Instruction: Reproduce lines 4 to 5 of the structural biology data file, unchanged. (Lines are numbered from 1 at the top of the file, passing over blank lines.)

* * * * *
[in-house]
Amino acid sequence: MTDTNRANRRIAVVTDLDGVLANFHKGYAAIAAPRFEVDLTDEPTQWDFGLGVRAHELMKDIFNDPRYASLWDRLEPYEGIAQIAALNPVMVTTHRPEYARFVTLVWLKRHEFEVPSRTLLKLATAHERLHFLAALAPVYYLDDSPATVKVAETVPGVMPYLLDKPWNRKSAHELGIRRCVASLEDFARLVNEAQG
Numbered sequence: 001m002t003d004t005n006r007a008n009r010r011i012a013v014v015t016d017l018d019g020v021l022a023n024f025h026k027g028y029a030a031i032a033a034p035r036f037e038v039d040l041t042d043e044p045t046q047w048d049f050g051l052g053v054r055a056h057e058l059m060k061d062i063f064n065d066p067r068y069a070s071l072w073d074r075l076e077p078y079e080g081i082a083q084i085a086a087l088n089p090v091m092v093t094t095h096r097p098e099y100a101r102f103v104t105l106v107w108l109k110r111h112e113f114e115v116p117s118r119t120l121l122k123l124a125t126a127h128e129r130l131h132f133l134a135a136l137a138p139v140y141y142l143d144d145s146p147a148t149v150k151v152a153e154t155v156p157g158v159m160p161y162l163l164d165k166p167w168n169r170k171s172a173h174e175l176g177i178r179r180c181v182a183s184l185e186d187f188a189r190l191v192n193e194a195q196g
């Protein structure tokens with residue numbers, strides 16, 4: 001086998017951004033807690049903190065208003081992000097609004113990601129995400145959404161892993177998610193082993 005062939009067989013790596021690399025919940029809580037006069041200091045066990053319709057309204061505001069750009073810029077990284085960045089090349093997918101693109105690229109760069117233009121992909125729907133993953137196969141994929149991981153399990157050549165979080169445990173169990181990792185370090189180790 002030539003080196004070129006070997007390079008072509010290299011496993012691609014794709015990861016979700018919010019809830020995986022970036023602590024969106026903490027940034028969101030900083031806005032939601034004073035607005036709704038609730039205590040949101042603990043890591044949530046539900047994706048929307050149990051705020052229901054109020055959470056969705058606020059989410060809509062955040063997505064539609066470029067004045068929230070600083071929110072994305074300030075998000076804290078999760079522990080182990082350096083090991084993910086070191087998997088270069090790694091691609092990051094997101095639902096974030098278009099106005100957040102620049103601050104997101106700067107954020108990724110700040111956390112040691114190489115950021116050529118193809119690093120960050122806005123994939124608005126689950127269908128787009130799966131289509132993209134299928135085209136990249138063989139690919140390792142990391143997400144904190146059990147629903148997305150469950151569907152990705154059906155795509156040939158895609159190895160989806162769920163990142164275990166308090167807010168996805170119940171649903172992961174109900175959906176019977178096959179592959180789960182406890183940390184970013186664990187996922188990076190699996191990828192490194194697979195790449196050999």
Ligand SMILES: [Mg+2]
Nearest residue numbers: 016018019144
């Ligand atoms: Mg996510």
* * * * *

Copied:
């Protein structure tokens with residue numbers, strides 16, 4: 001086998017951004033807690049903190065208003081992000097609004113990601129995400145959404161892993177998610193082993 005062939009067989013790596021690399025919940029809580037006069041200091045066990053319709057309204061505001069750009073810029077990284085960045089090349093997918101693109105690229109760069117233009121992909125729907133993953137196969141994929149991981153399990157050549165979080169445990173169990181990792185370090189180790 002030539003080196004070129006070997007390079008072509010290299011496993012691609014794709015990861016979700018919010019809830020995986022970036023602590024969106026903490027940034028969101030900083031806005032939601034004073035607005036709704038609730039205590040949101042603990043890591044949530046539900047994706048929307050149990051705020052229901054109020055959470056969705058606020059989410060809509062955040063997505064539609066470029067004045068929230070600083071929110072994305074300030075998000076804290078999760079522990080182990082350096083090991084993910086070191087998997088270069090790694091691609092990051094997101095639902096974030098278009099106005100957040102620049103601050104997101106700067107954020108990724110700040111956390112040691114190489115950021116050529118193809119690093120960050122806005123994939124608005126689950127269908128787009130799966131289509132993209134299928135085209136990249138063989139690919140390792142990391143997400144904190146059990147629903148997305150469950151569907152990705154059906155795509156040939158895609159190895160989806162769920163990142164275990166308090167807010168996805170119940171649903172992961174109900175959906176019977178096959179592959180789960182406890183940390184970013186664990187996922188990076190699996191990828192490194194697979195790449196050999």
Ligand SMILES: [Mg+2]